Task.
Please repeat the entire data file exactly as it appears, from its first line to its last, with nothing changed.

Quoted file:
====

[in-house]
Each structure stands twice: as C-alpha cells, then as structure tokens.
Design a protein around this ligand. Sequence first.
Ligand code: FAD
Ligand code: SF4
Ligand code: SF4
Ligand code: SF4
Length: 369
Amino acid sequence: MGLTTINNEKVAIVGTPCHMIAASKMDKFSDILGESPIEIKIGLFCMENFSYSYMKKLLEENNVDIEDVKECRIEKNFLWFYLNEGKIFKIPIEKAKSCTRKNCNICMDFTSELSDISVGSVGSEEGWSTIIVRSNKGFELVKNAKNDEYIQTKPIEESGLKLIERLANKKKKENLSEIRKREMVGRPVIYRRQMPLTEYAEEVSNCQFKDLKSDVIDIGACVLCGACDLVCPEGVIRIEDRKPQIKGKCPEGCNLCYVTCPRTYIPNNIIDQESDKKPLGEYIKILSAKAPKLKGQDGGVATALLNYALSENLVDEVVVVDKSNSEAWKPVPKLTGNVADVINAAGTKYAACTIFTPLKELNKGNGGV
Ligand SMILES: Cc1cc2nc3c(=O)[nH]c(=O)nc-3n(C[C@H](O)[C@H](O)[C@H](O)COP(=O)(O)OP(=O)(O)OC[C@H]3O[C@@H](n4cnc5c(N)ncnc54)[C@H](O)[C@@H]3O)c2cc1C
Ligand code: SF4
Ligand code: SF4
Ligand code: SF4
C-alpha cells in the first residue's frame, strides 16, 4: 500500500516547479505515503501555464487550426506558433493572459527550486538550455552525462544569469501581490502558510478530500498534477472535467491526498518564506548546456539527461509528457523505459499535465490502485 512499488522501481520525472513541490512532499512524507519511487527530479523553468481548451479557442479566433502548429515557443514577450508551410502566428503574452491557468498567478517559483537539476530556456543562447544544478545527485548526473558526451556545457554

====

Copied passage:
[in-house]
Each structure stands twice: as C-alpha cells, then as structure tokens.
Design a protein around this ligand. Sequence first.
Ligand code: FAD
Ligand code: SF4
Ligand code: SF4
Ligand code: SF4
Length: 369
Amino acid sequence: MGLTTINNEKVAIVGTPCHMIAASKMDKFSDILGESPIEIKIGLFCMENFSYSYMKKLLEENNVDIEDVKECRIEKNFLWFYLNEGKIFKIPIEKAKSCTRKNCNICMDFTSELSDISVGSVGSEEGWSTIIVRSNKGFELVKNAKNDEYIQTKPIEESGLKLIERLANKKKKENLSEIRKREMVGRPVIYRRQMPLTEYAEEVSNCQFKDLKSDVIDIGACVLCGACDLVCPEGVIRIEDRKPQIKGKCPEGCNLCYVTCPRTYIPNNIIDQESDKKPLGEYIKILSAKAPKLKGQDGGVATALLNYALSENLVDEVVVVDKSNSEAWKPVPKLTGNVADVINAAGTKYAACTIFTPLKELNKGNGGV
Ligand SMILES: Cc1cc2nc3c(=O)[nH]c(=O)nc-3n(C[C@H](O)[C@H](O)[C@H](O)COP(=O)(O)OP(=O)(O)OC[C@H]3O[C@@H](n4cnc5c(N)ncnc54)[C@H](O)[C@@H]3O)c2cc1C
Ligand code: SF4
Ligand code: SF4
Ligand code: SF4
C-alpha cells in the first residue's frame, strides 16, 4: 500500500516547479505515503501555464487550426506558433493572459527550486538550455552525462544569469501581490502558510478530500498534477472535467491526498518564506548546456539527461509528457523505459499535465490502485 512499488522501481520525472513541490512532499512524507519511487527530479523553468481548451479557442479566433502548429515557443514577450508551410502566428503574452491557468498567478517559483537539476530556456543562447544544478545527485548526473558526451556545457554